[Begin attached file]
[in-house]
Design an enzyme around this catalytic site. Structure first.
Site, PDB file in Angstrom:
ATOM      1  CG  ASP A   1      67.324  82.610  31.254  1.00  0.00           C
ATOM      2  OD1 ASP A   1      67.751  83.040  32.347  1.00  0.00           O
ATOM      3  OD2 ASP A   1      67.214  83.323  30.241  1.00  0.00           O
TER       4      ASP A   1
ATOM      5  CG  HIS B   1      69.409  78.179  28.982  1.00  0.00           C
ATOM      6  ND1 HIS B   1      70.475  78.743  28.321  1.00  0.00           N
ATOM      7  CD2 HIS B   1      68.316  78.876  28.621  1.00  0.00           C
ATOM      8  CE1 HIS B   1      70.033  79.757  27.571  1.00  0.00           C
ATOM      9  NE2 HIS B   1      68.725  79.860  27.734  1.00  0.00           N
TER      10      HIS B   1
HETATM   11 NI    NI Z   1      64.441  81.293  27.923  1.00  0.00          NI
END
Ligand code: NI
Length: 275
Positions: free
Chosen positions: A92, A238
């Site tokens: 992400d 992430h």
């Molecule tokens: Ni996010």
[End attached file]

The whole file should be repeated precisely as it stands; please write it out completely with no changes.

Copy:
[in-house]
Design an enzyme around this catalytic site. Structure first.
Site, PDB file in Angstrom:
ATOM      1  CG  ASP A   1      67.324  82.610  31.254  1.00  0.00           C
ATOM      2  OD1 ASP A   1      67.751  83.040  32.347  1.00  0.00           O
ATOM      3  OD2 ASP A   1      67.214  83.323  30.241  1.00  0.00           O
TER       4      ASP A   1
ATOM      5  CG  HIS B   1      69.409  78.179  28.982  1.00  0.00           C
ATOM      6  ND1 HIS B   1      70.475  78.743  28.321  1.00  0.00           N
ATOM      7  CD2 HIS B   1      68.316  78.876  28.621  1.00  0.00           C
ATOM      8  CE1 HIS B   1      70.033  79.757  27.571  1.00  0.00           C
ATOM      9  NE2 HIS B   1      68.725  79.860  27.734  1.00  0.00           N
TER      10      HIS B   1
HETATM   11 NI    NI Z   1      64.441  81.293  27.923  1.00  0.00          NI
END
Ligand code: NI
Length: 275
Positions: free
Chosen positions: A92, A238
């Site tokens: 992400d 992430h």
């Molecule tokens: Ni996010």